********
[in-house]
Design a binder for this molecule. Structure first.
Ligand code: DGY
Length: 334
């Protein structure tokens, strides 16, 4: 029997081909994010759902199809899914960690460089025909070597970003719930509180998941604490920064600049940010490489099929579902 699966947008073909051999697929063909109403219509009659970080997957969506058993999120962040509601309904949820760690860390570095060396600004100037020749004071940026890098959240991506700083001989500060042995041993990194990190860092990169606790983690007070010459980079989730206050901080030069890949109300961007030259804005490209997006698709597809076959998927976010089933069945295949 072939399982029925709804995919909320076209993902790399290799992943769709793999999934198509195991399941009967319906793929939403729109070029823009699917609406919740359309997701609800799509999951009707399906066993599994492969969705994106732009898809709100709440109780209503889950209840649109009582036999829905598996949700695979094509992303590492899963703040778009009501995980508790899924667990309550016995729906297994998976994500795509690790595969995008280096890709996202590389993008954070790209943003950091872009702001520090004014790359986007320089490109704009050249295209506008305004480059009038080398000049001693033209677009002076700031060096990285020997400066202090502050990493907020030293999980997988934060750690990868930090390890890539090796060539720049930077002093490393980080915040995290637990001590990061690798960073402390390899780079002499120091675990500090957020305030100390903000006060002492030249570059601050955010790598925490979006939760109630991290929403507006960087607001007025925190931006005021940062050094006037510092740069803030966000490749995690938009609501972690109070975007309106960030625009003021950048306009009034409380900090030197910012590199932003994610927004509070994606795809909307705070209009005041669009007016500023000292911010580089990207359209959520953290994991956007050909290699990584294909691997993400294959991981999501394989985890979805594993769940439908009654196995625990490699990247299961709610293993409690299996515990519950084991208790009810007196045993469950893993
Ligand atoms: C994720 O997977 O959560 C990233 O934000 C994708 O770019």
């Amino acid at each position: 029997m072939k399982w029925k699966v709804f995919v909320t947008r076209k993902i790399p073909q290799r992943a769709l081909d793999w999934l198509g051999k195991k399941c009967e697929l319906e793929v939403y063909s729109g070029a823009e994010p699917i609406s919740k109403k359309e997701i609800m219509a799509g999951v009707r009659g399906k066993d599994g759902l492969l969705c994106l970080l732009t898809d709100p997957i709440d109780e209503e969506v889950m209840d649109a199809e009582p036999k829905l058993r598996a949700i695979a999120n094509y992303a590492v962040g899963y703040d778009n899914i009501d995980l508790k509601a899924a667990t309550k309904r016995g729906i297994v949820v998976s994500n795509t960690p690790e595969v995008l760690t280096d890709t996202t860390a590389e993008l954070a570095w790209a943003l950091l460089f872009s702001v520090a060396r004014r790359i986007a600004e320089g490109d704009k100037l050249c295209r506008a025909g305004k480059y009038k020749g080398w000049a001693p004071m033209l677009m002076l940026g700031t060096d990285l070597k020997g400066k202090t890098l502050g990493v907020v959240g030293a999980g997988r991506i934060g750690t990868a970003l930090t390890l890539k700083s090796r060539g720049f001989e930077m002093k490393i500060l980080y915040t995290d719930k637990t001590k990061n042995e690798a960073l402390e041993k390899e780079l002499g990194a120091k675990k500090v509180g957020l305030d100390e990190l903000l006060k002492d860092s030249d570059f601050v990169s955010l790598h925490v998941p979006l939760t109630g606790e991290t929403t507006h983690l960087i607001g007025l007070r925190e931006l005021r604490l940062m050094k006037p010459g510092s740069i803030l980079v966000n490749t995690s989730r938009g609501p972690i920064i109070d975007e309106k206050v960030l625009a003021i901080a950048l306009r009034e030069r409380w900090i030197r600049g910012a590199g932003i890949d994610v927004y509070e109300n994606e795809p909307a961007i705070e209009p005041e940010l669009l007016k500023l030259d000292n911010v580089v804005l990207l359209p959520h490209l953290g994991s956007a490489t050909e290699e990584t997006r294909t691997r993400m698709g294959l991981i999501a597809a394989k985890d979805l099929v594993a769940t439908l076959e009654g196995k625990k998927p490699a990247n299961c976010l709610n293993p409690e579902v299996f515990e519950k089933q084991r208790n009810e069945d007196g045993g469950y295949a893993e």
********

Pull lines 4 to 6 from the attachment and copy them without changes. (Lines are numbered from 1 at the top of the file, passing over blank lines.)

Length: 334
């Protein structure tokens, strides 16, 4: 029997081909994010759902199809899914960690460089025909070597970003719930509180998941604490920064600049940010490489099929579902 699966947008073909051999697929063909109403219509009659970080997957969506058993999120962040509601309904949820760690860390570095060396600004100037020749004071940026890098959240991506700083001989500060042995041993990194990190860092990169606790983690007070010459980079989730206050901080030069890949109300961007030259804005490209997006698709597809076959998927976010089933069945295949 072939399982029925709804995919909320076209993902790399290799992943769709793999999934198509195991399941009967319906793929939403729109070029823009699917609406919740359309997701609800799509999951009707399906066993599994492969969705994106732009898809709100709440109780209503889950209840649109009582036999829905598996949700695979094509992303590492899963703040778009009501995980508790899924667990309550016995729906297994998976994500795509690790595969995008280096890709996202590389993008954070790209943003950091872009702001520090004014790359986007320089490109704009050249295209506008305004480059009038080398000049001693033209677009002076700031060096990285020997400066202090502050990493907020030293999980997988934060750690990868930090390890890539090796060539720049930077002093490393980080915040995290637990001590990061690798960073402390390899780079002499120091675990500090957020305030100390903000006060002492030249570059601050955010790598925490979006939760109630991290929403507006960087607001007025925190931006005021940062050094006037510092740069803030966000490749995690938009609501972690109070975007309106960030625009003021950048306009009034409380900090030197910012590199932003994610927004509070994606795809909307705070209009005041669009007016500023000292911010580089990207359209959520953290994991956007050909290699990584294909691997993400294959991981999501394989985890979805594993769940439908009654196995625990490699990247299961709610293993409690299996515990519950084991208790009810007196045993469950893993
Ligand atoms: C994720 O997977 O959560 C990233 O934000 C994708 O770019």